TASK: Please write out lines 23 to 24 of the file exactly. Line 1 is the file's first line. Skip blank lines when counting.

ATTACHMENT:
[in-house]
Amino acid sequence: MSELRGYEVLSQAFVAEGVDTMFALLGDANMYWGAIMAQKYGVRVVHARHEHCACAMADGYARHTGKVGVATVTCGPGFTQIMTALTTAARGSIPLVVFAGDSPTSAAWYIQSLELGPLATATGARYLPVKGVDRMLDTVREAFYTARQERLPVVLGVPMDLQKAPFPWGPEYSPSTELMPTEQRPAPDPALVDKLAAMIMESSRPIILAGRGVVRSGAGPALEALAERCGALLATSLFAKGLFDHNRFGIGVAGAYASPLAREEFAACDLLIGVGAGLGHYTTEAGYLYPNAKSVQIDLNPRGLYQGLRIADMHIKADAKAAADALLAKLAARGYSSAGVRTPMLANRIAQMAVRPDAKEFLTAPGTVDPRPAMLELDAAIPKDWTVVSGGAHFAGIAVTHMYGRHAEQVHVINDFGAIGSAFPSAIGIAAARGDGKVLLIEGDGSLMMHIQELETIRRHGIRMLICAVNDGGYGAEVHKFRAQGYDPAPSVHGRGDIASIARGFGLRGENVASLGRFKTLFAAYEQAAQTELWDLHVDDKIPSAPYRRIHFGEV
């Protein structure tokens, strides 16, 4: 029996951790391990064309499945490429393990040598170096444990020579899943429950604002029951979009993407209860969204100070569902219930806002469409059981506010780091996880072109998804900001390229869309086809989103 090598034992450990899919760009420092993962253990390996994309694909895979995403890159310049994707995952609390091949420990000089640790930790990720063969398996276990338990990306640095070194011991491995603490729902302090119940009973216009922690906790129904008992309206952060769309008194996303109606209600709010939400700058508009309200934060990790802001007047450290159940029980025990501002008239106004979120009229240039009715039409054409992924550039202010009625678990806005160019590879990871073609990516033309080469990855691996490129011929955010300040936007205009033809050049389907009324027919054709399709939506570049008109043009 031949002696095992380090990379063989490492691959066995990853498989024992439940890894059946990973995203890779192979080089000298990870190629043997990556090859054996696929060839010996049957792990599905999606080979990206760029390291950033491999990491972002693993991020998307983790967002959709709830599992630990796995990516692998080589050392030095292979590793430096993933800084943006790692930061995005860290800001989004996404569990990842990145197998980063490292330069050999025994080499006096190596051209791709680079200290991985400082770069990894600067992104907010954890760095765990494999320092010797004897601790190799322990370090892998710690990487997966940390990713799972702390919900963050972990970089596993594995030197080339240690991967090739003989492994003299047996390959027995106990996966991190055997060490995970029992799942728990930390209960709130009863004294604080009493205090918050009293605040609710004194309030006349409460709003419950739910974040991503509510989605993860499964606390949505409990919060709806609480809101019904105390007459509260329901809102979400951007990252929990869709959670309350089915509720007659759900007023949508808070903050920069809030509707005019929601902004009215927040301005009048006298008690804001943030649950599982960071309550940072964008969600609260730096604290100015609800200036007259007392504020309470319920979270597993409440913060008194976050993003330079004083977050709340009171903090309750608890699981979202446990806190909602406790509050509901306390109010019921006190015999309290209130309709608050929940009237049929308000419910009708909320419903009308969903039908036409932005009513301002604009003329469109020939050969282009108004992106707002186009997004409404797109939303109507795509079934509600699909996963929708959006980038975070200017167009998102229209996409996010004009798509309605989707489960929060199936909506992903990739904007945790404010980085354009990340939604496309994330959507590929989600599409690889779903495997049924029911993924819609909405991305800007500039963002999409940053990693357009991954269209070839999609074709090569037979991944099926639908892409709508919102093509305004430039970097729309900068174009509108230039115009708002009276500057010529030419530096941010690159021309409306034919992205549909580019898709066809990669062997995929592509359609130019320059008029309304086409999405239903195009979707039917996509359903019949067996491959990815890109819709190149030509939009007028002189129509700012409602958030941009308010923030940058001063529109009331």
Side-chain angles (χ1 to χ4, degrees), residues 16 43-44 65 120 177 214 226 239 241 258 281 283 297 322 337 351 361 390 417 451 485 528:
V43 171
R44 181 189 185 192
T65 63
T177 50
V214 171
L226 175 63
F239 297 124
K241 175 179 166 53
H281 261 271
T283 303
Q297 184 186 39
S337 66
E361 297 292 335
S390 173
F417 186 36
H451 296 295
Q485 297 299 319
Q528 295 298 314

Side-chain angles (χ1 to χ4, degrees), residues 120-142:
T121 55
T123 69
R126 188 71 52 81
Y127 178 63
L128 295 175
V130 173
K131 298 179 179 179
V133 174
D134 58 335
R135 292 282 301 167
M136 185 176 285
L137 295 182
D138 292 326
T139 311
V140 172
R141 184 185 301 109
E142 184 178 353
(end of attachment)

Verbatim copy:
Side-chain angles (χ1 to χ4, degrees), residues 120-142:
T121 55